Please note: Coats & Clark did not ask me to review this product, nor did they provide me with any product or any compensation. I bought it with my own money, and you are getting my highly unvarnished (one might say ‘blunt’) opinion.
Lately it seems that lots of bloggers are flogginghyping talking about a new product, Coats & Clarks Eloflex Thread. This is a thread with elastic properties that’s designed for knit and stretch fabrics, and can be used straight – it doesn’t require any specialized stitches. According to Coats’ home-sewers website:
“Eloflex is a new, innovative thread from Coats & Clark that sews, soft, secure, stretchable seams in knit fabrics. Special stitches or a serger are not required to achieve professional results. Seams and hems will not pop when stretched because Eloflex expands with the fabric.
Eloflex is perfect for knit fabrics used in athleisure, cosplay costumes, swim suits, lingerie, and dance wear. Use with knits, but also with fabrics like stretch denim or twill. Use for sewing your own knit garments or for repairs or alterations. Have you ever tried to hem a knit skirt or T-shirt only to have it look stretched-out or wavy? Eloflex will make this a thing of the past.
Repairing a popped seam? Stitch it with Eloflex and ithe thread will stretch with the garment instead of breaking. Eloflex is 27 wt and can be used on the top and bobbin or in the needle and loopers of a serger. A size 11 ball-point or universal point needle is recommended. Eloflex is chlorine bleach resistant.”
Okay, that sounds promising. So I went to the local JoAnn to pick some up. Be warned, it’s not cheap. I paid full retail, without any coupons. Eloflex will set you back $3.49 for a 225 yard spool. By comparison, Coats’ Dual Duty all purpose thread retails for $2.99 for 400 yards, which means the Eloflex nets out to more than twice the cost of Dual Duty.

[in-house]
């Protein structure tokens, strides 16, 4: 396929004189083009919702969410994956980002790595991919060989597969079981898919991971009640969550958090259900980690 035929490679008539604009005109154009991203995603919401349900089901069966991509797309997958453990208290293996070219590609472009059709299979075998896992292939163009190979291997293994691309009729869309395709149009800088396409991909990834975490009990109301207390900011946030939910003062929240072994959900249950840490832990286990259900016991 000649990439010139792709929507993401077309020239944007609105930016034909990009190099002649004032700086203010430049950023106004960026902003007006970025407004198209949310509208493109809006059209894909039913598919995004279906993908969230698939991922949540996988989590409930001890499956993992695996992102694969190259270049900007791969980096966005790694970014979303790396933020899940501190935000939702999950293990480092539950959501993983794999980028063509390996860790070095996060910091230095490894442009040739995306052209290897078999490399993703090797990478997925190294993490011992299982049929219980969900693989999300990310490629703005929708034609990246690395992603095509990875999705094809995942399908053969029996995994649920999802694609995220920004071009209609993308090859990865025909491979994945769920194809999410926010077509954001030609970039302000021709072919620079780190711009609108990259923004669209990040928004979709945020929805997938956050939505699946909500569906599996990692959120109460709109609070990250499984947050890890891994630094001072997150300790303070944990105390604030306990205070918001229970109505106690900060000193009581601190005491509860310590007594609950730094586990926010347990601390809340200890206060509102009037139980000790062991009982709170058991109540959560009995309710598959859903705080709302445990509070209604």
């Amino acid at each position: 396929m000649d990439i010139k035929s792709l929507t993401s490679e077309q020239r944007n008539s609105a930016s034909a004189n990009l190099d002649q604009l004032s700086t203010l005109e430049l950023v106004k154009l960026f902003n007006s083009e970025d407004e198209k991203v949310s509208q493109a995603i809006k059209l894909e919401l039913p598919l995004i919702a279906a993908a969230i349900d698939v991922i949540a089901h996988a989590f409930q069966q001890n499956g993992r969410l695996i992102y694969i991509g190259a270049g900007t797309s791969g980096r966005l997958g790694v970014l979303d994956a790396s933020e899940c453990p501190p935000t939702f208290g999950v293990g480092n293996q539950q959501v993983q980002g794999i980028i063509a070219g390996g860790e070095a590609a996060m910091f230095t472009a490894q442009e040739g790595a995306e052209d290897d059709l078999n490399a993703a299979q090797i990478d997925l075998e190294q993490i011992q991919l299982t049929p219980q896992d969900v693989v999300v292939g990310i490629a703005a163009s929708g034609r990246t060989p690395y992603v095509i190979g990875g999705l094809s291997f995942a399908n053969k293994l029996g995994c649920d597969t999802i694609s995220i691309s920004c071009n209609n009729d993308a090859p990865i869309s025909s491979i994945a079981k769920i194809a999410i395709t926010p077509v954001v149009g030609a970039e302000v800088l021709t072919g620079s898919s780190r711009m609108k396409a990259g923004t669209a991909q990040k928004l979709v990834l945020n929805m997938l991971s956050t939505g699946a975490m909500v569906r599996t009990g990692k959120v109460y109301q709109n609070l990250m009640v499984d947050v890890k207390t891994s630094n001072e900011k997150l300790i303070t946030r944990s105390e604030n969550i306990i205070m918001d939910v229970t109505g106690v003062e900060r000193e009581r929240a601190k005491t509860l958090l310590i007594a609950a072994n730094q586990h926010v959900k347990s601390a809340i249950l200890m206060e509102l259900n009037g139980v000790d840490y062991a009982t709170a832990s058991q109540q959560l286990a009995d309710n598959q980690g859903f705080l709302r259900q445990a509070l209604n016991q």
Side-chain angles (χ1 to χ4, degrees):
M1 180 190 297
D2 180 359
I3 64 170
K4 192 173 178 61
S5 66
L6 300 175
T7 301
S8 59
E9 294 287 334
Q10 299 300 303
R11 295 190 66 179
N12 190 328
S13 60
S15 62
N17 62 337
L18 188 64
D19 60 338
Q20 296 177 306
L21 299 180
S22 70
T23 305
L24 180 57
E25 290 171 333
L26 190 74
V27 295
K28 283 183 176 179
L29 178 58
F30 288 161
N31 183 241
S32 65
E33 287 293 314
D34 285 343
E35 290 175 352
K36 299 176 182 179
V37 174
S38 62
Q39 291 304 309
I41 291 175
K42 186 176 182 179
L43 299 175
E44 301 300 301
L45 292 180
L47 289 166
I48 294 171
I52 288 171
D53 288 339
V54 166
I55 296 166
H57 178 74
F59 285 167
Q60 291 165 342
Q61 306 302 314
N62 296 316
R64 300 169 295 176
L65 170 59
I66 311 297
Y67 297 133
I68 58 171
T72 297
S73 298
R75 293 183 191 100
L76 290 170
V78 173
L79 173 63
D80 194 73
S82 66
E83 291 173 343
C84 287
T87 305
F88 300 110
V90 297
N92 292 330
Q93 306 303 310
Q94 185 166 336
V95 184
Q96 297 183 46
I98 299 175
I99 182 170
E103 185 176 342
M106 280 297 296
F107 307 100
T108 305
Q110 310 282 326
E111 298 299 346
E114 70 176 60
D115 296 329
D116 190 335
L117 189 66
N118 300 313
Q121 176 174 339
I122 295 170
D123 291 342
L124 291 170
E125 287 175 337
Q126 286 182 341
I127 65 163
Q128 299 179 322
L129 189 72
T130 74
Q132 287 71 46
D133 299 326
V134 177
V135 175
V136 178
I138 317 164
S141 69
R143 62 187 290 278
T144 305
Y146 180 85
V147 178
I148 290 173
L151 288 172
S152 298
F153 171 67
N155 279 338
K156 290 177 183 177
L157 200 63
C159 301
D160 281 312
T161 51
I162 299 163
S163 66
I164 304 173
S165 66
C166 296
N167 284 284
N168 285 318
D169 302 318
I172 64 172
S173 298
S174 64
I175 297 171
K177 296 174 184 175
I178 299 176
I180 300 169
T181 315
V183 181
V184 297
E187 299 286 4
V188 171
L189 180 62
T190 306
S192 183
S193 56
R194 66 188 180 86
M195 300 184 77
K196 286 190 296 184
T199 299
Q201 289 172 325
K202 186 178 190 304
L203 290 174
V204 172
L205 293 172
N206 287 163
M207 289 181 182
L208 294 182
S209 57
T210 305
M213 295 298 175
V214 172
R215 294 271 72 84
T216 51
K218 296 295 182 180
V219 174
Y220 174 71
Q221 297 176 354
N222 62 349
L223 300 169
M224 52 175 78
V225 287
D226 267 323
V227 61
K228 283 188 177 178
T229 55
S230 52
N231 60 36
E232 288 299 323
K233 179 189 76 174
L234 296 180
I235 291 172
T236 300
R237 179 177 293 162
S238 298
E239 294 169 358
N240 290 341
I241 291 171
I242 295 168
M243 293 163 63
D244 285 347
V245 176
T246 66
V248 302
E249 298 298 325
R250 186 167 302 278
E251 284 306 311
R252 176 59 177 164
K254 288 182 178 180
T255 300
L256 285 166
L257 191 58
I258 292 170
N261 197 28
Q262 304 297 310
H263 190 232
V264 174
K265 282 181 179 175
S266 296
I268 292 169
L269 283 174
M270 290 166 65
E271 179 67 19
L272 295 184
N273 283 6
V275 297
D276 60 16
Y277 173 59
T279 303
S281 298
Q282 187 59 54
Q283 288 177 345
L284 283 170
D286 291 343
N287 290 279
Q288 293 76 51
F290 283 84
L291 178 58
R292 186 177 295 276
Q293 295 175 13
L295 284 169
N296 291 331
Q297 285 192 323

Okay then, let’s see if it’s all they say it is…
The Test Drive
I figure the best way to test it out is to try it against a control: I pulled out a spool of bright orange Gütermann polyester thread that I have in my stash. I used a royal purple Eloflex. I sewed with both threads on samples of Striped Viscose Jersey left over from my Vogue 9205 top.
I used the same thread in the needle and the bobbin (so Gütermann/Gütermann, Eloflex/Eloflex) on each sample. In all cases I used my Pfaff 2030 sewing machine with the same Stretch 75/11 Organ needle.
I ran three lines of stitches with each thread, all along the crosswise-grain, so they were along the greatest stretch of the fabric. I ran two lines of straight stitches, each 2.5 mm long. In the line of stitches that has the red pin at the end of it, I stretched the fabric very slightly on both sides of the needle as it stitched. In the line of stitches with the white pin at the end, I didn’t stretch at all, I just let the feed dogs do their work. The third was a line of zigzag stitches, 3mm wide by 2.5mm long.